The first picture of Max has a large white frame. This frame decreases with each successive picture until it disappears completely. The pictures then increase in size, covering the left page as well as the right and during the wild rumpus both pages are filled in their entirety. The reverse then occurs as Max returns home. The changing frame could simply refer to when the story goes from real to fantasy. However, it could also be seen to represent the presence of Max’s mother providing a safe boundary or even Max dipping his toe into a world where he is in charge. What do you think?

 

4 Great vocabulary

‘they roared their terrible roars and gnashed their terrible teeth and rolled their terrible eyes and showed their terrible claws’.  These words are great to read out loud with big voices, over and over. All children deserve to hear it, to join in with it, to read it and ultimately to use it in their own speech and written work.

 

5 Help your child develop emotional literacy

Max clearly starts off feeling angry. Anger is a natural emotion and one that we all experience at some time or another. If you never feel angry, you can never know how to deal with it. Books are a brilliant way for children to explore negative emotions and learn about managing them.

If you look carefully at the pictures you will see Max going through a full range of emotions. He starts off angry, then is almost maniacal!  We also see a scared Max, a controlling Max, a regal and possibly pompous Max and a pensive and homesick Max.  Few books show these emotions and thus this book is an excellent vehicle to help talk about them.

Conclusion

Where The Wild Things Are is a book that consists of beautiful language and stunning pictures.  But it is more than that. This book could help you and your child explore feelings and emotions. This could help you and your child develop understanding and skills that will be of benefit for many years to come.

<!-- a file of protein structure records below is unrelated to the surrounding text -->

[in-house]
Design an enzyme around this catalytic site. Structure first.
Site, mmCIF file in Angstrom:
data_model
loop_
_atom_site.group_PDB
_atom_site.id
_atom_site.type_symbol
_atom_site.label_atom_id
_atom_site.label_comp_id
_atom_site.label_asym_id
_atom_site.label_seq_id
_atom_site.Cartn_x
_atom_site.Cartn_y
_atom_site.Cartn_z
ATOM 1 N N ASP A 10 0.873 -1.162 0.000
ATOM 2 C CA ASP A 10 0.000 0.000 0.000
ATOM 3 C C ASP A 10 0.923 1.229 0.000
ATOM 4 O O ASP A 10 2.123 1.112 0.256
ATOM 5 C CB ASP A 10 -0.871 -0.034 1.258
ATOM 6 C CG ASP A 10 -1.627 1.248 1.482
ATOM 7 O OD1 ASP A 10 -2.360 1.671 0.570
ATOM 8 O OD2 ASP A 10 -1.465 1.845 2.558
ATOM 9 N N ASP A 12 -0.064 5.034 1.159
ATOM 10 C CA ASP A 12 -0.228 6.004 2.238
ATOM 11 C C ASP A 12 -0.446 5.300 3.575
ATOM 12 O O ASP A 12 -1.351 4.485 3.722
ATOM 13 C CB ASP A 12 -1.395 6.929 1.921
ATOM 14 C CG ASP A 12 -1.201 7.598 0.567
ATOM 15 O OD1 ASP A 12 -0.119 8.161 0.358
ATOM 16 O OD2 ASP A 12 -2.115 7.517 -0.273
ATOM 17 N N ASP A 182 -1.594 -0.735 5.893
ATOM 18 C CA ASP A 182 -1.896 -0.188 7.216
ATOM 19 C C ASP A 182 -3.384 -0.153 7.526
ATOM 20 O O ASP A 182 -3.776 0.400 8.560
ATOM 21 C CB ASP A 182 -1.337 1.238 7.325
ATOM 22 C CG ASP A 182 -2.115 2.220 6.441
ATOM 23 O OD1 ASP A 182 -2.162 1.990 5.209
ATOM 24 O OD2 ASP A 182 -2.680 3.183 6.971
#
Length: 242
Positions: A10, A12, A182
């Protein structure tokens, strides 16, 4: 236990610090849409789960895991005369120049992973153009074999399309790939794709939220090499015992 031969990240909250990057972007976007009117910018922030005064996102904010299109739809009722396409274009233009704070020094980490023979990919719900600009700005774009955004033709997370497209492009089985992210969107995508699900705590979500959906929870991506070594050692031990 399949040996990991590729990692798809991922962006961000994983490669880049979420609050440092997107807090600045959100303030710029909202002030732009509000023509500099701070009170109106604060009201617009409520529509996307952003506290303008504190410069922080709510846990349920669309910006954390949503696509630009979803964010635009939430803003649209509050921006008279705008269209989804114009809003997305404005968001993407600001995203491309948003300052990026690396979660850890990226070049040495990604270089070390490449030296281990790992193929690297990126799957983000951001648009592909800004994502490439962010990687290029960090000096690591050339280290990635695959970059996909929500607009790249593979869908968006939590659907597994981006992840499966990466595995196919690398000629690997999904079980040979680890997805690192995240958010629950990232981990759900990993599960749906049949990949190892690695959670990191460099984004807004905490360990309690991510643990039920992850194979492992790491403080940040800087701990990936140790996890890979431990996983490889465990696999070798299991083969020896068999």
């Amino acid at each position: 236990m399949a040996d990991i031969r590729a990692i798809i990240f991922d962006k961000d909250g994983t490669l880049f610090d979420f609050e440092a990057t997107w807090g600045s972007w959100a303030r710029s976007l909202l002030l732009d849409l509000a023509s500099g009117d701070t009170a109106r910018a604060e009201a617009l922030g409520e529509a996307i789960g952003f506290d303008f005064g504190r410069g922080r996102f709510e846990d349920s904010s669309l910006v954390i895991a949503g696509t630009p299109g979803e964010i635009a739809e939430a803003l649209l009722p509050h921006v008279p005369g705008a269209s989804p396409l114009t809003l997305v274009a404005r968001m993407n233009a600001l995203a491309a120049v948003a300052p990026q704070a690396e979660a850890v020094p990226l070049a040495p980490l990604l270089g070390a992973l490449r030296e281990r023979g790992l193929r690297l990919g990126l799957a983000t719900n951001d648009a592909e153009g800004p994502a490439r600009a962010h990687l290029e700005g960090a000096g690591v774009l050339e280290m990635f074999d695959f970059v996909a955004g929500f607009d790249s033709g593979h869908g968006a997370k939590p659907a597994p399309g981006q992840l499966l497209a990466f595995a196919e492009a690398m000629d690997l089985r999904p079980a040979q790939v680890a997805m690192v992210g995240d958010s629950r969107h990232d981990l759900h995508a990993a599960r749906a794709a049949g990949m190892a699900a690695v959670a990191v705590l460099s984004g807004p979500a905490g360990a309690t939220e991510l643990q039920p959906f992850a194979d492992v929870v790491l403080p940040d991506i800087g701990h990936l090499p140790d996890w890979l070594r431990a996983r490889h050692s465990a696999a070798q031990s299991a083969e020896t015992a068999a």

Additional Learning Opportunities
  • Max discovers the land of the wild things. Why not dig up an atlas and talk about famous land discoveries made by boat.
  • Have fun acting out roles in fancy dress.
  • Put on some ‘wild rumpus’ music and  let the ‘wild thing’ in you out!
  • Draw or paint some ‘wild things’ of your own.
  • If you have older children, they could write the story in the form of a play script, and then act it out.
  • Discuss whether Max would ever return to see the wild things and what might happen then?

Dinosaurs and All That Rubbish – a book about appreciating the world

I’m a bit of an environmentalist. I love volunteering with conservation charities and pretty much idolise The Eden Project. I try to minimise the resources I use by fixing things. And instead of buying things new, reusing what I have or buying from charity shops. Maybe this is why Dinosaurs and All That Rubbish resonated so strongly with me. I think I was probably about 5 years old when my mum first read it to me. I can still remember how I felt about the story, which is why, 20 years later, I am now sharing it with you 🙂

The story, written by Michael Foreman, is about a man who wants to reach a star, so he builds a rocket to get him there. Unfortunately this pollutes the Earth and covers the planet in rubbish.  This, however, wakes up the dinosaurs from under the Earth, who then clear the planet of all the rubbish.  When the man returns he finds the dinosaurs and they teach him a very important lesson about the planet.

These are the top 5 reasons I love the book and the lessons it has taught me.

1 It teaches you to appreciate what you have